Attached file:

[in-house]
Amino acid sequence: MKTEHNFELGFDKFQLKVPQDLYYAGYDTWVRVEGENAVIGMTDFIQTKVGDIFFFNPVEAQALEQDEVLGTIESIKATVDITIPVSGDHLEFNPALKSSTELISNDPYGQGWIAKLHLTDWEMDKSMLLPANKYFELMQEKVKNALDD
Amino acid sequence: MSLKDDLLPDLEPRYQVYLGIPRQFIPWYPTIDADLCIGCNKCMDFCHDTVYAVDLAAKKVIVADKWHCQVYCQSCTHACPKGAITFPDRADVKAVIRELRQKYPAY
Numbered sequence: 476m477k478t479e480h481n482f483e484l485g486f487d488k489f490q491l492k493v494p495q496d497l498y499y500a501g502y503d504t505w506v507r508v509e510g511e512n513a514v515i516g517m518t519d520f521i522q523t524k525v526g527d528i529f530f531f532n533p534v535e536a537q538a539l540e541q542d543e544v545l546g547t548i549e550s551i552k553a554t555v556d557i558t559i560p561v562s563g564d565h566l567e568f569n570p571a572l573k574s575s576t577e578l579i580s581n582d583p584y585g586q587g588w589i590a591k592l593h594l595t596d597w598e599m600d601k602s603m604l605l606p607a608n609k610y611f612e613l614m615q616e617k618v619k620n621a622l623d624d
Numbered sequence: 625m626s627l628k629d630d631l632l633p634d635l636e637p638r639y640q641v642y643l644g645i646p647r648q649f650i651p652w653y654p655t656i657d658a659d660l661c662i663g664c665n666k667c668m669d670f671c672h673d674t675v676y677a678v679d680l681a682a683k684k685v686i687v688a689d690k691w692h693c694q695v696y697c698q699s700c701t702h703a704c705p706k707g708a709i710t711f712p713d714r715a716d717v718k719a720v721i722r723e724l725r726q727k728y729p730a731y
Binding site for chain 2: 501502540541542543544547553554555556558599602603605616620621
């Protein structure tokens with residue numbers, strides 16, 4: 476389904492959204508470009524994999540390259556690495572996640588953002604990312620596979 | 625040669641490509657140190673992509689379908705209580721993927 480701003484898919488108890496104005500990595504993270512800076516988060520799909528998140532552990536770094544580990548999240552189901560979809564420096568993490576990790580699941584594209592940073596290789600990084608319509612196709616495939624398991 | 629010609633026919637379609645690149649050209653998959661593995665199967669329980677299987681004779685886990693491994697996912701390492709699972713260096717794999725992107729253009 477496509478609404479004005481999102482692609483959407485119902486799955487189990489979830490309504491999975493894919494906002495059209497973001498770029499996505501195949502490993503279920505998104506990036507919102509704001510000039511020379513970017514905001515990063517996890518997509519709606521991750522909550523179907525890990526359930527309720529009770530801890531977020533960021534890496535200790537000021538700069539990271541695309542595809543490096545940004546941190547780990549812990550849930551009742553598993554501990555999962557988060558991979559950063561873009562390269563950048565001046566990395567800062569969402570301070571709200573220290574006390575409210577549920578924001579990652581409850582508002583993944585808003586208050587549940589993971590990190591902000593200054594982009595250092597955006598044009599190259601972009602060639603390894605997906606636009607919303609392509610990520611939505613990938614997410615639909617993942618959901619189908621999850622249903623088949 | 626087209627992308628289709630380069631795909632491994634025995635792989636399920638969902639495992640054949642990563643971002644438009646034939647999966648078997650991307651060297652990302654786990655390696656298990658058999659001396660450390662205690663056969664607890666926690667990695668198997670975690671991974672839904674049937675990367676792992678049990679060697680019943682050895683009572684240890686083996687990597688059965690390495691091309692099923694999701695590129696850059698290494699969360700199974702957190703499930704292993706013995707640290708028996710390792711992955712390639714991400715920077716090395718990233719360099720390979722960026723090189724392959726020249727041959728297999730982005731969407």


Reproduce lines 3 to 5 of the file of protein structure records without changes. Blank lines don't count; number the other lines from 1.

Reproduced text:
Amino acid sequence: MSLKDDLLPDLEPRYQVYLGIPRQFIPWYPTIDADLCIGCNKCMDFCHDTVYAVDLAAKKVIVADKWHCQVYCQSCTHACPKGAITFPDRADVKAVIRELRQKYPAY
Numbered sequence: 476m477k478t479e480h481n482f483e484l485g486f487d488k489f490q491l492k493v494p495q496d497l498y499y500a501g502y503d504t505w506v507r508v509e510g511e512n513a514v515i516g517m518t519d520f521i522q523t524k525v526g527d528i529f530f531f532n533p534v535e536a537q538a539l540e541q542d543e544v545l546g547t548i549e550s551i552k553a554t555v556d557i558t559i560p561v562s563g564d565h566l567e568f569n570p571a572l573k574s575s576t577e578l579i580s581n582d583p584y585g586q587g588w589i590a591k592l593h594l595t596d597w598e599m600d601k602s603m604l605l606p607a608n609k610y611f612e613l614m615q616e617k618v619k620n621a622l623d624d
Numbered sequence: 625m626s627l628k629d630d631l632l633p634d635l636e637p638r639y640q641v642y643l644g645i646p647r648q649f650i651p652w653y654p655t656i657d658a659d660l661c662i663g664c665n666k667c668m669d670f671c672h673d674t675v676y677a678v679d680l681a682a683k684k685v686i687v688a689d690k691w692h693c694q695v696y697c698q699s700c701t702h703a704c705p706k707g708a709i710t711f712p713d714r715a716d717v718k719a720v721i722r723e724l725r726q727k728y729p730a731y